With Black History Month just around the corner and National Girls & Women in Sports Day coming up on February 6, we take a look back a the great Mabel Fairbanks. Click the link below to learn more about the U.S. Figure Skating and International Women’s Sports Hall of Famer.
By: Matthew Rodriguez
As the 2018 LA84 Foundation Summit came to a close, emcee Sal Masekela invited one final guest.
Olympic gold medalist and five-time NBA All-Star Paul George came to the stage to talk about how being outdoors, playing basketball, fishing and camping helped him grow as a person.
“I’m country at heart,” George said. “I love camping. I love fishing. I love being outdoors.”
With his love of the outdoors, George grew closer to his family, first talking about his sister and their relationship in basketball.
“I didn’t know much,” George said. “I knew I loved the game played. I didn’t know how far it was going to take me. But what helped was seeing my sister get to travel and go on to different places.”
George highlighted this as one of the reasons why he got into basketball and ultimately turning it into a career. He then used the platform he gained from the NBA to push issues near to his heart.
In 2015, George helped the American Stroke Association create different public service announcements to spread awareness of how to spot a stroke and how to help someone that is having one.
“I almost lost my mother when I was about six or seven,” he said. “My mom had a stroke and that was very tough for me.”
George said he was playing outside when he saw the ambulances arrive to his front door. They rushed his mother to the hospital. The doctors helped her as best as they could, bringing her back to life twice.
“You know my mom is one of my biggest supporters, one of the people I look up to most,” he said. “So it hit home for me to be able to do that give back and help other families again deal with it, made us as a family just feel much more connected [and] much more helpful to those families.”
Masekela also asked George about his love for fishing and how that helps him disengage from the outside world.
“I’m like disengaged from the world,” George said. “[I’m disengaged] from everything, haters, people, family. I’m on a date with the fish.”
George again used his platform he gained from basketball.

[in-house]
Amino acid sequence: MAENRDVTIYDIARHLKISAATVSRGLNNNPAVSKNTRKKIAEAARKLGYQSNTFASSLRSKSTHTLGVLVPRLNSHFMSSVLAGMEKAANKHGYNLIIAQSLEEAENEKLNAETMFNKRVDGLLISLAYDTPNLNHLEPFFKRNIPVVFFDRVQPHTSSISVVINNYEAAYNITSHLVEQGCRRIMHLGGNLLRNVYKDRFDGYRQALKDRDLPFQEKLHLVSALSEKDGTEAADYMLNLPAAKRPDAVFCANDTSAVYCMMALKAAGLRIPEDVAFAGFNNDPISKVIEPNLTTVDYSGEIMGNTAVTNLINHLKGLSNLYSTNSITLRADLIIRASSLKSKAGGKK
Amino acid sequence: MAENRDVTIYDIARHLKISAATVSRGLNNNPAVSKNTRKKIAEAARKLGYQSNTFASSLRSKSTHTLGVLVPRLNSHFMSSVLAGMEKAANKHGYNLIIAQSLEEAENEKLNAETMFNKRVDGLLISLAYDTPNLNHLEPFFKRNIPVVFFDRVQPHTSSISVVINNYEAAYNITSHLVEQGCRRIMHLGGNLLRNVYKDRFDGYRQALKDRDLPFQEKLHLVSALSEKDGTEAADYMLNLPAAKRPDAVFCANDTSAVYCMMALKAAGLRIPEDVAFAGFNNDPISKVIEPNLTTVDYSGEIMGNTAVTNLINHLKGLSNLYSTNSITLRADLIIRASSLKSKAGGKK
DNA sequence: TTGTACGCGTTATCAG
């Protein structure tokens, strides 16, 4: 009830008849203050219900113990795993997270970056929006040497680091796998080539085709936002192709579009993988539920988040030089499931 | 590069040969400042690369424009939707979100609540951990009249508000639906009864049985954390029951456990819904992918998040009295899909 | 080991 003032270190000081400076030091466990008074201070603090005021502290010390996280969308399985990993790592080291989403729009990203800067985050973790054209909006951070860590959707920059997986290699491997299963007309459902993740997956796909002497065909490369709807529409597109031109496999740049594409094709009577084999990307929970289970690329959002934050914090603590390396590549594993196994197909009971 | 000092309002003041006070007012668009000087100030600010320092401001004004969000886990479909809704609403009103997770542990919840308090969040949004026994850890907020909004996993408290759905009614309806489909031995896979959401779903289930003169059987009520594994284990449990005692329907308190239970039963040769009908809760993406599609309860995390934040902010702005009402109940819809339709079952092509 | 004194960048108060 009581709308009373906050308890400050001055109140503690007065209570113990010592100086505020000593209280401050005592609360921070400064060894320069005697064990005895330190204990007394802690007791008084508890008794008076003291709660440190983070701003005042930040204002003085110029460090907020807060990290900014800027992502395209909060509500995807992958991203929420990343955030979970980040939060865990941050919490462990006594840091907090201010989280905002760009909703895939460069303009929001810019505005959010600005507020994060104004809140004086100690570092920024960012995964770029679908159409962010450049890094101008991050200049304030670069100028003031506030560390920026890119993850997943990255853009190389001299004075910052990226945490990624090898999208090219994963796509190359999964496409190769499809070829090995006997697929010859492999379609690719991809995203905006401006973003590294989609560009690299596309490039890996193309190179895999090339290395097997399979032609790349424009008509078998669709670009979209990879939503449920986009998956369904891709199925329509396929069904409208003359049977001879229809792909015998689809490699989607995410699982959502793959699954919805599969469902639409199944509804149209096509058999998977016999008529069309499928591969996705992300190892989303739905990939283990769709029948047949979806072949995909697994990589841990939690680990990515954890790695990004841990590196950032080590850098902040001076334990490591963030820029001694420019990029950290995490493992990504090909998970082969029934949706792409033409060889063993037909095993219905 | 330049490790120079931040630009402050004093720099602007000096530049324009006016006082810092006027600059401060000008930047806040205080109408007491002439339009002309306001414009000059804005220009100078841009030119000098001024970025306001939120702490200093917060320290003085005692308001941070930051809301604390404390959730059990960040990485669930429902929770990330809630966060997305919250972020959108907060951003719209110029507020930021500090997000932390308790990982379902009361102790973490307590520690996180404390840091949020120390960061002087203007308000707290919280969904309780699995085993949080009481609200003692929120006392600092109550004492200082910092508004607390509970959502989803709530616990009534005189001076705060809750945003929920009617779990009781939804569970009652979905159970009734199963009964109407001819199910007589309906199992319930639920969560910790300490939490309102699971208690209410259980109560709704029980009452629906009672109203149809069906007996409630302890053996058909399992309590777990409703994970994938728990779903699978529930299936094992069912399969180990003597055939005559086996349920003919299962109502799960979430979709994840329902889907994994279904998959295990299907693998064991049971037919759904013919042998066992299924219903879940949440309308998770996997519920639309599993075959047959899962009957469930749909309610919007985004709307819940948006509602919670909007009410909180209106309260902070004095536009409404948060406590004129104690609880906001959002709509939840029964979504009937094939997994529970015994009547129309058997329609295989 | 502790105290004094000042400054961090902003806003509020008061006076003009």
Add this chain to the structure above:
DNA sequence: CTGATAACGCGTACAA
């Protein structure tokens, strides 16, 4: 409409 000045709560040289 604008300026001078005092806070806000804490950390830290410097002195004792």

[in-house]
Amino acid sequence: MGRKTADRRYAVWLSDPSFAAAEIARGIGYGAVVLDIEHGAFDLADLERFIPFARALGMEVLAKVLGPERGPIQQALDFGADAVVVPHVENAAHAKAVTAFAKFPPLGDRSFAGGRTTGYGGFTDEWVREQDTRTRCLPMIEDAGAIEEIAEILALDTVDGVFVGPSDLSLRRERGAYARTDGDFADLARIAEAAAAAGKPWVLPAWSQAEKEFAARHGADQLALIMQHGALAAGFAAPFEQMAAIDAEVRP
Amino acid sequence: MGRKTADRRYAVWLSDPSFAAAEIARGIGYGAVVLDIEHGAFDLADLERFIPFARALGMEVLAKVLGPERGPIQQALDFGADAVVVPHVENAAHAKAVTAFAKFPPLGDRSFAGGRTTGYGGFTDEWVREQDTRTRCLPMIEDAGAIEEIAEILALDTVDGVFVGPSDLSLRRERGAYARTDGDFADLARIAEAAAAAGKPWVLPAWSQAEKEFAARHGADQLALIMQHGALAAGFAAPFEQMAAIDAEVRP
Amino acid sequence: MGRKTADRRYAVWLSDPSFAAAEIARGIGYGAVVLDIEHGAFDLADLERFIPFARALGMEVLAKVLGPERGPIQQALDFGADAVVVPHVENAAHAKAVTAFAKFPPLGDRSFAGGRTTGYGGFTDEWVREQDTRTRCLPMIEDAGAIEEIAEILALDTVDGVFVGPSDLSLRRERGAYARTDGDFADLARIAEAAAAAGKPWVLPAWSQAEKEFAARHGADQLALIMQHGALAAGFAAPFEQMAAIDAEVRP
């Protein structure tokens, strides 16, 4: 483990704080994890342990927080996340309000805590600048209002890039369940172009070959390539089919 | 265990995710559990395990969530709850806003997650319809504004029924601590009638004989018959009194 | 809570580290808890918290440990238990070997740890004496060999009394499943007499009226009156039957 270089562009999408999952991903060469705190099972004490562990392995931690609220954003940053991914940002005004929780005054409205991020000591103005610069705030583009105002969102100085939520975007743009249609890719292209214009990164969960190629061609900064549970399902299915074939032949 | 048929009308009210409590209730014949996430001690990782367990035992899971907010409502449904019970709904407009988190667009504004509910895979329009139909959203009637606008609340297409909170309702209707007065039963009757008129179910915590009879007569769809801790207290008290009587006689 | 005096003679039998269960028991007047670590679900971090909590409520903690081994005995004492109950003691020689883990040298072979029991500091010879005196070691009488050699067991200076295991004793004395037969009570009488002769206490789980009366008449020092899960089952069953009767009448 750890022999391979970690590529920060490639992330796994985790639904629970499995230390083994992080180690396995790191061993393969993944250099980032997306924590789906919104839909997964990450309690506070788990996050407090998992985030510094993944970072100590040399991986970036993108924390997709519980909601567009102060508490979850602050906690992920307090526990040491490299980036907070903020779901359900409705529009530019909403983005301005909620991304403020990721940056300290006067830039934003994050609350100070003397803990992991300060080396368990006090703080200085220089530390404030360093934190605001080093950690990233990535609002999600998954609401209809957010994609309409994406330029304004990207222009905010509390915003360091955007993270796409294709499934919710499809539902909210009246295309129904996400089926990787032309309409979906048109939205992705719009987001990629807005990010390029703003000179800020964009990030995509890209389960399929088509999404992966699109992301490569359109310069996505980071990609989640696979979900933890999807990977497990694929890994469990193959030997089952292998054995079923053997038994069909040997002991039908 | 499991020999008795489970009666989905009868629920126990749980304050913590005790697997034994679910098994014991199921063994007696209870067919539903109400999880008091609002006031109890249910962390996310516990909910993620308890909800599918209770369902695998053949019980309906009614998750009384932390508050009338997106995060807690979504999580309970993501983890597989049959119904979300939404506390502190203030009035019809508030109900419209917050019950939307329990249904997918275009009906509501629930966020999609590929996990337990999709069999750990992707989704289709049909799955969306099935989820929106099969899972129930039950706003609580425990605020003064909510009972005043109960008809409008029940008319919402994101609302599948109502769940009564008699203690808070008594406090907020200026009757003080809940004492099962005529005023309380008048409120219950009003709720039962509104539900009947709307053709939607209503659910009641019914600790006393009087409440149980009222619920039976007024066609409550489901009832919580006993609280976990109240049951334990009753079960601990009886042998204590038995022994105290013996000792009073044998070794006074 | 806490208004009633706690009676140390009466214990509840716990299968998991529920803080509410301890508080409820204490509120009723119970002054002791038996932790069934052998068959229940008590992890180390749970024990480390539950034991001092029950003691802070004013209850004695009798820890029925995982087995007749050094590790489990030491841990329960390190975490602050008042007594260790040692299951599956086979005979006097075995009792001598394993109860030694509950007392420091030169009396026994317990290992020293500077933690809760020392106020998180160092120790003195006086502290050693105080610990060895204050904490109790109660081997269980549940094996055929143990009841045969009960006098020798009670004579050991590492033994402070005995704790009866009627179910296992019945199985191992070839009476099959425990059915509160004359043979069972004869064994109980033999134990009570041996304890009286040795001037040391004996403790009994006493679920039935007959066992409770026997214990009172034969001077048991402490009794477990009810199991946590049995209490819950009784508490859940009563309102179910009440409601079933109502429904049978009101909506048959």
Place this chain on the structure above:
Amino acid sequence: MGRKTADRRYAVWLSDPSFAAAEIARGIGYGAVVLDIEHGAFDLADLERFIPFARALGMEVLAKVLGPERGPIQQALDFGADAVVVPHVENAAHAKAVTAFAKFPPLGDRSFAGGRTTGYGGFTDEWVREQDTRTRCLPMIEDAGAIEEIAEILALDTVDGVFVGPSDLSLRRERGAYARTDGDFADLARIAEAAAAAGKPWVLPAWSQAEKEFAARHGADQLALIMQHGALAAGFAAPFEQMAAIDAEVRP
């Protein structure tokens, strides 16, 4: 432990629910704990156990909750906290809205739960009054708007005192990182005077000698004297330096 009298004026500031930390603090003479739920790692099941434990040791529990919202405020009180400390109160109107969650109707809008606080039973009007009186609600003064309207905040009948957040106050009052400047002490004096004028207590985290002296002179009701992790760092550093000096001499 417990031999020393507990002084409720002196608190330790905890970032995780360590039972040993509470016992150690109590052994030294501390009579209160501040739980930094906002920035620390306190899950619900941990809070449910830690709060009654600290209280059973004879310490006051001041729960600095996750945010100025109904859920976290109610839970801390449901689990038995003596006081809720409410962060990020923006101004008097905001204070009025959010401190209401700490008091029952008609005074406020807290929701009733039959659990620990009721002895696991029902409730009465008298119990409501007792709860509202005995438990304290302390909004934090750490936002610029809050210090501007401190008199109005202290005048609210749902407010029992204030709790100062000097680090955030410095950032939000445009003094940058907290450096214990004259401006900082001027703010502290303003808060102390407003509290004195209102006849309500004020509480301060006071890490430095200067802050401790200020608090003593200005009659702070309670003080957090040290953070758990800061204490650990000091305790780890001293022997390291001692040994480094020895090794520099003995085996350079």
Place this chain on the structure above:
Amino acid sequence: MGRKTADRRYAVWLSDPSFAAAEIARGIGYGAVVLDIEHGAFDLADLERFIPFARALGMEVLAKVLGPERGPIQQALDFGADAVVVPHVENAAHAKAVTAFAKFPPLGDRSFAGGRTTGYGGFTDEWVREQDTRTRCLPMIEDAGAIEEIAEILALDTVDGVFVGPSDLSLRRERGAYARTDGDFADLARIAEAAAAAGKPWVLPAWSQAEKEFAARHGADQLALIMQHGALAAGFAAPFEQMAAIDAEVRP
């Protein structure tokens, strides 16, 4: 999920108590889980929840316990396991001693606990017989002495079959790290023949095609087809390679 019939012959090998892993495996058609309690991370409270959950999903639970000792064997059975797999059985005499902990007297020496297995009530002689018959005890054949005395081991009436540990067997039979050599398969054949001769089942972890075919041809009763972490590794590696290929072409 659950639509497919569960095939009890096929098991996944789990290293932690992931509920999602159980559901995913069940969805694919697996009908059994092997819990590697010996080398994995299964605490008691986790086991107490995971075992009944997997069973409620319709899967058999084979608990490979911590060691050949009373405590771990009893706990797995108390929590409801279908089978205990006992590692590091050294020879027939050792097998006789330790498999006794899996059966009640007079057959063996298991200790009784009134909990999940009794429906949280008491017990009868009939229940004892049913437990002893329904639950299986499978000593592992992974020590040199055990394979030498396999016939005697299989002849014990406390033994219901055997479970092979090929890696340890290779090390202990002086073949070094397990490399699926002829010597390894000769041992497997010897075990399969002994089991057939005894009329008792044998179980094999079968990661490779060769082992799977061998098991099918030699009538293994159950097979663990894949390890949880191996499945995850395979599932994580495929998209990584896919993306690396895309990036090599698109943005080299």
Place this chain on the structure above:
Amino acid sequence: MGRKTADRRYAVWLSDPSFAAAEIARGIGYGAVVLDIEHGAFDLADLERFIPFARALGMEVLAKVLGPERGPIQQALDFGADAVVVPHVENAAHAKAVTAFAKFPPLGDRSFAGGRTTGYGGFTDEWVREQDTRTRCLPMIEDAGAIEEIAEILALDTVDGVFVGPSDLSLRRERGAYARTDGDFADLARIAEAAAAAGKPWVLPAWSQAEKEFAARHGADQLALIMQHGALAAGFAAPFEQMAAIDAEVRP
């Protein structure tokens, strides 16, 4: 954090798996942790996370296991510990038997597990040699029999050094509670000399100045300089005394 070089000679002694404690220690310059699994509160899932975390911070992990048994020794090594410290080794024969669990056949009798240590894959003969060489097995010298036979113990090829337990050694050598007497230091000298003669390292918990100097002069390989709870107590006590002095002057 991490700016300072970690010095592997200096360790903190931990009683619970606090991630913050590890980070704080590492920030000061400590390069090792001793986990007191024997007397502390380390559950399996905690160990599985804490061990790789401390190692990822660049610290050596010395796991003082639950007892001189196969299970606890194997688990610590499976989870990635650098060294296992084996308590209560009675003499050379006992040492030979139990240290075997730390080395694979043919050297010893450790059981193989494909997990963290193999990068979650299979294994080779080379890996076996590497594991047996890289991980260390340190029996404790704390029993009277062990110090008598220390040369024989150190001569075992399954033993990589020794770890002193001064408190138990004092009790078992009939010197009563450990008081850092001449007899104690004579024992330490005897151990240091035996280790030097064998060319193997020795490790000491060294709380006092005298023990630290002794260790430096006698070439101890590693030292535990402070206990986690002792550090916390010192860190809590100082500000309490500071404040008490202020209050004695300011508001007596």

Earlier this year, he donated $4,200 to the Oklahoma Fishing in the Schools Program. The program worked to help get kids in Oklahoma fishing and helped many kids discover the joy of fishing.
“[The kids] wrote letters to me and our foundation on how much fishing meant to them and how much fun they had,” George said. “It was awesome. I got a chance to spend time with them out there fishing and just share a bond.”
George loves to help the community in Oklahoma with initiatives such as this, but when his career is over he said that he would love to come back to his hometown of Palmdale, California and help develop the city that raised him.
In August, he started his promise of giving by after he donated $25,000 to the city in order to help refurbish the basketball courts across the city.
“I want to open up centers for kids,” he said. “I want to be able to [build] something that kids can look forward to whether it’s after school programs or open up a gym where they can go in and do sports. That’s where my heart has been.”
George was a great end to the day of speakers who are using their platforms as athletes to make our society a better place for the kids and future generations to come.
By: Matthew Rodriguez
In a day featuring so many prominent people, one of the most impactful speakers was Jordyn Wieber. The former Olympic gold medalist and current assistant coach of the UCLA Gymnastics team, gave an empowering speech at the LA84 Foundation Summit.
Wieber came forward as a survivor of sexual abuse by the former USA Gymnastics team doctor Larry Nassar in January of 2018, and at the summit, she shared her experiences again.
She demanded that the sports world should avoid the culture that made it possible for a doctor to get away with sexual abuse for so many years.
“It was a result of a toxic culture and environment of gymnastics in the United States that has prioritized winning over safety,” said Wieber. “It was a result of adults looking the other way in order to protect reputations and to continue placing more importance on money and medals.”
Although the sexual abuse perpetrated by Nassar was appalling and affected hundreds of women, Wieber said that parents, coaches and athletes need to stay vigilant and pay attention to the signs of abuse in order to prevent anything similar happening again.
“Although what has happened in gymnastics is a tragedy, I believe that we can all learn from it,” said Wieber. “It’s the little things that we all choose to do. Educate yourself and those around you. Listen to kids when they tell you that something weird is going on. Be on the lookout for signs of grooming manipulation or power from those who spend a lot of time around kids.”
Wieber sees sports as not only an outlet of energy, but a place to learn important life lessons. She says being involved in gymnastics helped her learn many great life lessons; such as discipline, determination and resilience. Now she wants to pass along these life lessons to others.
“I think those of us here today can all agree that sport is one of the top if not the number one venue for kids to grow and learn,” said Wieber.
She continued later saying her main goal as an assistant coach of the UCLA gymnastics team is to pass along the lessons she learned.
“Through my hardships and resilience in this sport, I have overcome so much and found my voice,” said Wieber. “That’s what I hope for each of the athletes on our team. My goal for them is that they identify their unique purpose and understand their abilities have a big impact within in sports that goes farther than the routines that they perform.”